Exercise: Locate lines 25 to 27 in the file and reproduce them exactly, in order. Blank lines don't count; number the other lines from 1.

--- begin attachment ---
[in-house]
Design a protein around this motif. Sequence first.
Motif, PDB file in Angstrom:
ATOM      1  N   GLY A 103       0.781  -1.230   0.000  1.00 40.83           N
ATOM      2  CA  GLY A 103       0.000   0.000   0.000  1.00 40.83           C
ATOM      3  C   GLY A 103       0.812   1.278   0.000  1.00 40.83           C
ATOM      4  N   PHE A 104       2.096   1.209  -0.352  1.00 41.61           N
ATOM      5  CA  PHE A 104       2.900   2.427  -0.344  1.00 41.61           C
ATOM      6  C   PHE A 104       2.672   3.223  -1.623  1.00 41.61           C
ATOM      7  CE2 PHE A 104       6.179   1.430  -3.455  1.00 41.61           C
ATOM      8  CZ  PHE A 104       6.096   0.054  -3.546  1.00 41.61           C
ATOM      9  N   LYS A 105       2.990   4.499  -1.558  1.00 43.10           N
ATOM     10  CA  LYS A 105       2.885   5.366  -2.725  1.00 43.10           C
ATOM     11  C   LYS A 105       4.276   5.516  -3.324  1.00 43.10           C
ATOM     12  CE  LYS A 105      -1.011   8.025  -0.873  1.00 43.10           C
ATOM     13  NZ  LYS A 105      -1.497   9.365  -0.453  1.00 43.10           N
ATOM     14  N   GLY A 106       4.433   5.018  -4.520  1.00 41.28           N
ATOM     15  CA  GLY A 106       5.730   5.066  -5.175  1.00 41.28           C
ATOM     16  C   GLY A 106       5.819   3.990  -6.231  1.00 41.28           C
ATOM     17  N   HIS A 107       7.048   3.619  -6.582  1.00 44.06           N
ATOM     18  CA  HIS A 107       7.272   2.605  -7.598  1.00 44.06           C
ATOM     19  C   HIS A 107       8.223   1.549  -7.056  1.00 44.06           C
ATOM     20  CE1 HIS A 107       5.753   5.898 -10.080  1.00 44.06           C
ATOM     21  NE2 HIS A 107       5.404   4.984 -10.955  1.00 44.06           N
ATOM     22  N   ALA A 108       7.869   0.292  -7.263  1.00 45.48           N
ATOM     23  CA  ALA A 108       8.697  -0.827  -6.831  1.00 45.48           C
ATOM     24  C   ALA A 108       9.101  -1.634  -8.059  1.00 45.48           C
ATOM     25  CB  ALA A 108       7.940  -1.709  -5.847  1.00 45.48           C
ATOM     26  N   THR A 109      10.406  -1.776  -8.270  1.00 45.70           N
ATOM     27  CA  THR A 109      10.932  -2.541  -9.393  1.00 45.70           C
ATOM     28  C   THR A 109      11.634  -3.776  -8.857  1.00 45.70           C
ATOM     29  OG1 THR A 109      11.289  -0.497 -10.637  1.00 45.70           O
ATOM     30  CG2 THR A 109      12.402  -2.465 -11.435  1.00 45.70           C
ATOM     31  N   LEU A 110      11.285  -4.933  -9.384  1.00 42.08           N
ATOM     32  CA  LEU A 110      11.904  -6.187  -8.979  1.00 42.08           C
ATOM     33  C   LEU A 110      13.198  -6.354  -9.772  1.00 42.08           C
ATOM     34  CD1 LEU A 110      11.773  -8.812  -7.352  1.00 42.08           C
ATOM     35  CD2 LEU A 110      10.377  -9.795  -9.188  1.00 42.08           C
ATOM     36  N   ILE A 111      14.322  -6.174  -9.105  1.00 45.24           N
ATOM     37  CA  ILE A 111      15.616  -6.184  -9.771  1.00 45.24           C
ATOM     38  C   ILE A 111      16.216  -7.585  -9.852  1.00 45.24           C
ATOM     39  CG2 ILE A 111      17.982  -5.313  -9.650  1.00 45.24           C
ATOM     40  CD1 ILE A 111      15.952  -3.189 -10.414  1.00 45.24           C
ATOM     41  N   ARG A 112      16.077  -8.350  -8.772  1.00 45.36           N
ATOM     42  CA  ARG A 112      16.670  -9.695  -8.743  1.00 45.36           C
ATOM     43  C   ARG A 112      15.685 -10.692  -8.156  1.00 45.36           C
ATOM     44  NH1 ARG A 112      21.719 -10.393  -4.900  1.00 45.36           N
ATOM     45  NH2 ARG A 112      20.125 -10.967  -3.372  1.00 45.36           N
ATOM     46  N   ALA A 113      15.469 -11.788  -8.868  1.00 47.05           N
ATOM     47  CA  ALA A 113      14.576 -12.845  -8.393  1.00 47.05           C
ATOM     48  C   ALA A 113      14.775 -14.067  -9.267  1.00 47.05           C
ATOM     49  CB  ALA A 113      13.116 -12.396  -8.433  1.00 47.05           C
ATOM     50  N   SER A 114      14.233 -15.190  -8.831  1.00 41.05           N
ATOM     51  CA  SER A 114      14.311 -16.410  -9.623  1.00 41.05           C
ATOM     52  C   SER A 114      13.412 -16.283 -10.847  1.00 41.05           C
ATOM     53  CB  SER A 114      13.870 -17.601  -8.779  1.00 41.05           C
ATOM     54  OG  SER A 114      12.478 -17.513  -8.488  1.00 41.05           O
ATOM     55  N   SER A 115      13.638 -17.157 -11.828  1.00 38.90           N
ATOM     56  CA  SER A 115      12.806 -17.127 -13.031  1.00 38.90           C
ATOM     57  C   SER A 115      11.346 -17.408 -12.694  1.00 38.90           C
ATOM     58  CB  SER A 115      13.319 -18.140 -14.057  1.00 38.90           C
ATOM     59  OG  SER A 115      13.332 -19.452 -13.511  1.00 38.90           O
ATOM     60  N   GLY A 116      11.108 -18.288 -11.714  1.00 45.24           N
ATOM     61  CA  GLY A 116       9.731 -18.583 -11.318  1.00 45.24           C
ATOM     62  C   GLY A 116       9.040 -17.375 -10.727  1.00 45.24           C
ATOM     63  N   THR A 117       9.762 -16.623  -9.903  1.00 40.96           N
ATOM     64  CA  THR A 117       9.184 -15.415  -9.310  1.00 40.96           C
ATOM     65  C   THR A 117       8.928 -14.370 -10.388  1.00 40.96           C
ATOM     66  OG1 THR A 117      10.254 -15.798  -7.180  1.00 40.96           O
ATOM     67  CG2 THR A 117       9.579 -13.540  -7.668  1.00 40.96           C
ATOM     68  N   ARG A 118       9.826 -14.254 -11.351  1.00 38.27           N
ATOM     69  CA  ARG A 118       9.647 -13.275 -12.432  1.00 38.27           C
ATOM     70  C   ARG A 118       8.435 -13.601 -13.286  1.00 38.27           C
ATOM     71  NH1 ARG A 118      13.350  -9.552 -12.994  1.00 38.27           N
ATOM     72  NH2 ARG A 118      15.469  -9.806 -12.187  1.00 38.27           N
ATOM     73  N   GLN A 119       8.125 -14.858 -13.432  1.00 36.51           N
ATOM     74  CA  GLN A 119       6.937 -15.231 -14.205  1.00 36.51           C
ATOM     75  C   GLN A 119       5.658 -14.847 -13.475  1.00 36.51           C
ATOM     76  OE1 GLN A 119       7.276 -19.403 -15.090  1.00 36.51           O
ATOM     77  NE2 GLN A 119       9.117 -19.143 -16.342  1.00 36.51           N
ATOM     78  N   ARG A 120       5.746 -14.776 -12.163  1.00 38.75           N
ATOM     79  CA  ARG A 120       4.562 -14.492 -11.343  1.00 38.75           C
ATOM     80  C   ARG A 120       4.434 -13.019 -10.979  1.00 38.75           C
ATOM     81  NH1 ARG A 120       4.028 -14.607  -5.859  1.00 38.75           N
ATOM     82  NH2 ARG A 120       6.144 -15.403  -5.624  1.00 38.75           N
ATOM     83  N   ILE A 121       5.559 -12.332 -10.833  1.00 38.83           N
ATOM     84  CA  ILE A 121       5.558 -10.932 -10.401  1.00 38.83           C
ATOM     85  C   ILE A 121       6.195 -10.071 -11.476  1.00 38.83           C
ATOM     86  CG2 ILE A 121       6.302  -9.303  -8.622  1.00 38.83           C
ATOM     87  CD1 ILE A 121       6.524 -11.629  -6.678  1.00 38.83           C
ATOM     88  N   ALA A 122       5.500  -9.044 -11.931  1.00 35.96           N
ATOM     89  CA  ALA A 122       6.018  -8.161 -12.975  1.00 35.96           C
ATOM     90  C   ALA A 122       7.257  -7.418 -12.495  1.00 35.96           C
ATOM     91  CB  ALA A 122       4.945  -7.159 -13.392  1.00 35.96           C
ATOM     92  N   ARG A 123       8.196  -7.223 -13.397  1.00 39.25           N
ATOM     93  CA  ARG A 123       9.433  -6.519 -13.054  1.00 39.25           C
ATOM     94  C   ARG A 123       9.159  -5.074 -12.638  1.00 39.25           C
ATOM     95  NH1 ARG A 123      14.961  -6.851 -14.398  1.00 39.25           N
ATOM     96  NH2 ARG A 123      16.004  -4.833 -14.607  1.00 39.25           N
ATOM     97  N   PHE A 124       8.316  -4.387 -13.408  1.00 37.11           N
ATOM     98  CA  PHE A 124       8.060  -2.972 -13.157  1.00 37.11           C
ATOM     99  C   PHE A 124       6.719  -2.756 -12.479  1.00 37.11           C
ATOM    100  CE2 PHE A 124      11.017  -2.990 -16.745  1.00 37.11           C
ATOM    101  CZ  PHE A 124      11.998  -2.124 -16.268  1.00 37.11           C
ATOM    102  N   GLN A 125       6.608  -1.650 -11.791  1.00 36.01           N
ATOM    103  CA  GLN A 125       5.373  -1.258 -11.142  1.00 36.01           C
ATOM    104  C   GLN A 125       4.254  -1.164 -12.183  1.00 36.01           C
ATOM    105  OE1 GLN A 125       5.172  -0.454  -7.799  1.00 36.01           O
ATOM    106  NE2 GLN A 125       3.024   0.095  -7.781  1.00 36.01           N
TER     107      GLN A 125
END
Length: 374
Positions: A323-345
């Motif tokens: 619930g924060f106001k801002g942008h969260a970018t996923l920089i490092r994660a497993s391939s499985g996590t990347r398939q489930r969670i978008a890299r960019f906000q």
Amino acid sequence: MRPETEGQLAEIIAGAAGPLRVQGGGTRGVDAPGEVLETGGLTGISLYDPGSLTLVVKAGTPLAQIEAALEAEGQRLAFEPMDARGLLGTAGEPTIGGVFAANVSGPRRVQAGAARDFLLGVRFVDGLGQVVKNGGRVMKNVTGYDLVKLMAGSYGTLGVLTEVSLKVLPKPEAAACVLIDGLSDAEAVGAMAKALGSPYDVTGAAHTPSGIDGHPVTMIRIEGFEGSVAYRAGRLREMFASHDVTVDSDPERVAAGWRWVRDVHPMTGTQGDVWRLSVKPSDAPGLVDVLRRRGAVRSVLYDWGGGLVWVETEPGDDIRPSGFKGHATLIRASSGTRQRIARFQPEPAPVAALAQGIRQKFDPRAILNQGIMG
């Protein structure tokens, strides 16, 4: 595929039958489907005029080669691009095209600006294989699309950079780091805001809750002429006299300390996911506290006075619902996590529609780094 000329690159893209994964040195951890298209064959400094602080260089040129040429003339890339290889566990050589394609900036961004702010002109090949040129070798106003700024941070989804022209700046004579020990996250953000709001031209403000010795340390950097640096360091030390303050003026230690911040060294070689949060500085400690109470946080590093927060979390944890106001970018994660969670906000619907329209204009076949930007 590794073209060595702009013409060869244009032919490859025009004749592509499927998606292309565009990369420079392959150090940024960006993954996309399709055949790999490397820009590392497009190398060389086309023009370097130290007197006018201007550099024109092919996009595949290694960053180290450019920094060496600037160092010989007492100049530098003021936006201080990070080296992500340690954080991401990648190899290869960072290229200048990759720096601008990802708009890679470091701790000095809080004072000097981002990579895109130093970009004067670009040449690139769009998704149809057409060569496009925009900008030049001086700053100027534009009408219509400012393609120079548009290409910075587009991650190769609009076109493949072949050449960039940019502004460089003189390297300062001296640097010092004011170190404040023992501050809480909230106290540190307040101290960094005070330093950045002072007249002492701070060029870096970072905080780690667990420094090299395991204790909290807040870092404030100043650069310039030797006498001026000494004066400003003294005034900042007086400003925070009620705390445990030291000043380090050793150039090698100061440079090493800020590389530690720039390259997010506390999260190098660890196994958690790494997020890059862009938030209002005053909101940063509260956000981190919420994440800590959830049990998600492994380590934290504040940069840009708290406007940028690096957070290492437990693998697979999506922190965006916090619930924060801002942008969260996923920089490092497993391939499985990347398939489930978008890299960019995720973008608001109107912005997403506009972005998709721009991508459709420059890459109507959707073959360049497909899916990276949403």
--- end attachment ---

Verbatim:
ATOM     22  N   ALA A 108       7.869   0.292  -7.263  1.00 45.48           N
ATOM     23  CA  ALA A 108       8.697  -0.827  -6.831  1.00 45.48           C
ATOM     24  C   ALA A 108       9.101  -1.634  -8.059  1.00 45.48           C